about two weeks ago
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The XBMC Project Will Now Be Called Kodi

Shirley Marquez Re:This naming trend has to stop (188 comments)

To be fair, SQL isn't an end user tool; it's meant for software developers and system administrators. Those people will be familiar with that rather standard bit of industry jargon. The objection is more valid for the other things on your list.

about three weeks ago
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AMD Launches New Higher-End Kaveri APUs A10-7800 and A6-7400K

Shirley Marquez Re:And unsurprisingly (117 comments)

Hardware video acceleration only helps you if you are using codecs that existed before the chip was manufactured. Widespread use of next-generation codecs such as H.265 is coming soon along with 4K content, so the ability to decode new video formats in software (possibly OpenCL GPU-assisted software) will matter. The extra power consumption for software decoding is death in a mobile environment because of the battery life hit, but using a few extra watts isn't that big a deal on a system that is plugged in.

about three weeks ago
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OKCupid Experiments on Users Too

Shirley Marquez Apples and oranges (161 comments)

OK Cupid's experiments don't bother me as much as Facebook's do because online dating is already a big social experiment.

about three weeks ago
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Lots Of People Really Want Slideout-Keyboard Phones: Where Are They?

Shirley Marquez Re:Virtual gamepad problems (544 comments)

What ultra portable laptop? Macbook Air, Surface Pro, Chromebooks, Ultrabooks. The category is alive and well.

about three weeks ago
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Lots Of People Really Want Slideout-Keyboard Phones: Where Are They?

Shirley Marquez Re:NO, all candy bar (544 comments)

They don't? What about all that texting?

about three weeks ago
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Lots Of People Really Want Slideout-Keyboard Phones: Where Are They?

Shirley Marquez Re:Just get a case (544 comments)

Voice recognition is a non-starter in many situations; either there is too much background noise for it to work reliably (using the phone in a club or in the subway) or talking is socially unacceptable (sitting in a restaurant, checking email during a meeting).

about three weeks ago
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Amazon Isn't Killing Writing, the Market Is

Shirley Marquez Re:Yep, how the music industry was killed... (192 comments)

In the past, you made an album as a musician and you got $1 or $2. After you paid out your advances, and the accounting game was rigged to make it very difficult to do that. Now you make the album yourself, and you actually make $10 when you sell a copy of it at your gig. Or you put your songs on iTunes and make 50 cents per song sale. (This is all assuming you DON'T have a major label contract.)

about a month ago
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Mozilla Doubles Down on JPEG Encoding with mozjpeg 2.0

Shirley Marquez Re:Hard to get excited. (129 comments)

One fundamental difference. Improving the JPEG encoding used by Facebook would reduce their bandwidth use without requiring users or browser developers to do anything. Moving to H.265 or VP9 video encoding requires two things: that browsers add support for those video formats (some have already done that), and users upgrade to browser versions that include the support.

Most likely, Facebook would not transcode existing images; unless they saved the originally uploaded files (rather than the transcoded ones they made when they were uploaded) that would involve generation loss and thus a degradation of image quality. They would use the new encoder when they transcode new uploads. YouTube DOES retain the original uploads (though they did not in the early days which is why many older videos are only available in 240p or 144p) so they have been able to re-encode videos as new formats become available.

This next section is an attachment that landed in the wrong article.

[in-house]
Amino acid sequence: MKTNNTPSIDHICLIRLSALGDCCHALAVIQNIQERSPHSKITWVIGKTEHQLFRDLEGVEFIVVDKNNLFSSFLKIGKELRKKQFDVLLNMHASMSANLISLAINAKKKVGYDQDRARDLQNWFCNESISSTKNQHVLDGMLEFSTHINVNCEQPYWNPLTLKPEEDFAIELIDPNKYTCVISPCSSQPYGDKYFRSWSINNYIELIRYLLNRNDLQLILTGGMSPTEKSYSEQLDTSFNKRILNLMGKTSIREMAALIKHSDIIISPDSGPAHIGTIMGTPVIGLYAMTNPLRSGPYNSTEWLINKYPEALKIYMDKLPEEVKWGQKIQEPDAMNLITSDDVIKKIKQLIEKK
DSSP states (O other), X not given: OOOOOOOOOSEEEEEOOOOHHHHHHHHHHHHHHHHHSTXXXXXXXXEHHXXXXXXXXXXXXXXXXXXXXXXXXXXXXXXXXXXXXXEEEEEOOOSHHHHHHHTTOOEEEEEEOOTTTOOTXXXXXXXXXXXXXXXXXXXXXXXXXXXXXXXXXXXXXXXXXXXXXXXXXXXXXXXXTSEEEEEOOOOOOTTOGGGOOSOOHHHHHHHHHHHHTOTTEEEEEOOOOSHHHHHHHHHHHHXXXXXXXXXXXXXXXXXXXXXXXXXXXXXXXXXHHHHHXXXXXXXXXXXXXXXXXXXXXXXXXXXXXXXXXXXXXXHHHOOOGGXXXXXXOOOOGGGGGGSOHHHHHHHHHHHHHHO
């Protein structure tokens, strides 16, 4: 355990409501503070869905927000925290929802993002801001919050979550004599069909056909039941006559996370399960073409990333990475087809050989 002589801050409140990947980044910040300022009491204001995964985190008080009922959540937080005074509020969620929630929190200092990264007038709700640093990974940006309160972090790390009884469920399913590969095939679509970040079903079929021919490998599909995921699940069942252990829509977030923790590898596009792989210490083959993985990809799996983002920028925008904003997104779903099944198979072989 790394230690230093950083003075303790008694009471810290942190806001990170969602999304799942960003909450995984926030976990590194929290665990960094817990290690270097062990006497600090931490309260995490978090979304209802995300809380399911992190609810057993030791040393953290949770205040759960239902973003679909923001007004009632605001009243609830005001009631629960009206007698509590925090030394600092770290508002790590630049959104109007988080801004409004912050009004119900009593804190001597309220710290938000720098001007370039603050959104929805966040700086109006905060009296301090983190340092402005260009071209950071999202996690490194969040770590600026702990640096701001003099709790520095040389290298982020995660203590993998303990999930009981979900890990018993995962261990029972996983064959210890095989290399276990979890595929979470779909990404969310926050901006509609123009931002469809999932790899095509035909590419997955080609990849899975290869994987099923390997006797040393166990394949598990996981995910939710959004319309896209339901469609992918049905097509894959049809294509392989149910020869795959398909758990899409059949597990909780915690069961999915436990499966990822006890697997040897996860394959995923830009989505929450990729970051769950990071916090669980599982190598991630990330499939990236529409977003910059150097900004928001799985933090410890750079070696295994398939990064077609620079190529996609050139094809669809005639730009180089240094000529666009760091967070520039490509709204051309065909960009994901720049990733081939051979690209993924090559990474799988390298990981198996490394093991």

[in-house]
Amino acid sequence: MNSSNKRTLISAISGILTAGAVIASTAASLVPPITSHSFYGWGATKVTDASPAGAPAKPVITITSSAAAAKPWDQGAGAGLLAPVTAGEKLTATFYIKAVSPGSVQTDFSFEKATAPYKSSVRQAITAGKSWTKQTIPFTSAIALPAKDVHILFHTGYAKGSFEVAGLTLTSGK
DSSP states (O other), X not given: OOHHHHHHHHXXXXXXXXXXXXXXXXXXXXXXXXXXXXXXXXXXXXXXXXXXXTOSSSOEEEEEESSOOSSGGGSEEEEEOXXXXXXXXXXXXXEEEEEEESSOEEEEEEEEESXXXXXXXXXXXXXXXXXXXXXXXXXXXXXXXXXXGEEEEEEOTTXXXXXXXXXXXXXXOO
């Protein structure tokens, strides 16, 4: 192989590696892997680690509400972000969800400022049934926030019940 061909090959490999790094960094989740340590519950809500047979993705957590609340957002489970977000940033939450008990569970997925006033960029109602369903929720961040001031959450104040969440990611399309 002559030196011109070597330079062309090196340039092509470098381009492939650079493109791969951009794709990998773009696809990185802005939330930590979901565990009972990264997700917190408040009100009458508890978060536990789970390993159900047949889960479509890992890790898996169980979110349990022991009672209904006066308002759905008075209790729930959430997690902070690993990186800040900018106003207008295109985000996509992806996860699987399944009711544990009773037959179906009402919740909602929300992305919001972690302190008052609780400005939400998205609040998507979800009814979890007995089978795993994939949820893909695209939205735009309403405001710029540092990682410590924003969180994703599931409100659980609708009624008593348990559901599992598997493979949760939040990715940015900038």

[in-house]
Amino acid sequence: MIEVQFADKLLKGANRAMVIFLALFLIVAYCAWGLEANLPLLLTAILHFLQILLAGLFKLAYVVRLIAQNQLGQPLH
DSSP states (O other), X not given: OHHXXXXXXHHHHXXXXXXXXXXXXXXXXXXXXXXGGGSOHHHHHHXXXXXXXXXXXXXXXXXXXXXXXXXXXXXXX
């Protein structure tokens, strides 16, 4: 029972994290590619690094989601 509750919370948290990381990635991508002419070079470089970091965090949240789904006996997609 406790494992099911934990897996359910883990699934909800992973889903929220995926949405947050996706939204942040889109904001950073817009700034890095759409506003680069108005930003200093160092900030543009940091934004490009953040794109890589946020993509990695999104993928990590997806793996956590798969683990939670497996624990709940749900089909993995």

about a month ago
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New Raspberry Pi Model B+

Shirley Marquez Re:Much better board layout (202 comments)

If you're willing to look beyond the Pi, the BeagleBone Black might be a good alternative. It has a significantly faster processor (1 GHz ARMv7 vs. 700MHz ARMv6, about twice the performance typically and even more if your application can take advantage of new SIMD instructions) and more I/O. Add the Audio Cape (24/96 capable TLV320AIC3104 codec, $30) and you're set. The combination won't quite reach your price point (the new 4GB version of the BB Black is about $55) but you could get to $150 for receive-only or $200 for RXTX, not too bad.

about a month ago
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O3b Launches Four More Satellites To Bring Internet To 'Other 3 Billion'

Shirley Marquez Re:Because of course (80 comments)

O3b's business plan isn't currently about selling satellite dishes to individual subscribers. They plan to offer their service mostly to local internet providers, who would in turn provide local service using other technologies. I don't think it's likely that the local providers will have much interest in doing wired infrastructure; 3G or 4G wireless, or WiFi for smaller areas, are more likely.

about a month ago
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Ode To Sound Blaster: Are Discrete Audio Cards Still Worth the Investment?

Shirley Marquez Now a niche market but not completely dead (502 comments)

Most people won't need a separate sound card or external interface for playback of music, movies, or game sounds. Audiophiles with high quality speakers or headphones can still benefit from a good DAC (digital to analog converter). People who want to play surround sound from a laptop may also benefit if they are using a receiver or speaker system that only has analog surround inputs, or if they have an older laptop with no HDMI port.

In a current home theater setup you're likely to be sending sound to the receiver via HDMI. In that setup a separate sound card will give you no quality benefit, because the DAC is in the receiver rather than the computer. HDMI also eliminates the need for multichannel analog audio outputs, which laptops rarely have.

Recording is another matter entirely. Laptops typically only have a mono microphone input. Desktop systems usually have a stereo line in, but even that is not enough channels for many recording scenarios. Onboard ADCs (analog to digital converter) are usually low quality and suffer from high levels of noise, in part because of having to exist inside the electrically noisy computer enclosure. A quality recording interface will let you make much better recordings. The best ones are found in music stores (either brick and mortar or online) or from specialty manufacturers online, not in computer stores, though a Sound Blaster is significantly better than most onboard audio. Special audiophile motherboards may be an exception; those use better converters and pay attention to filtering and shielding.

about a month and a half ago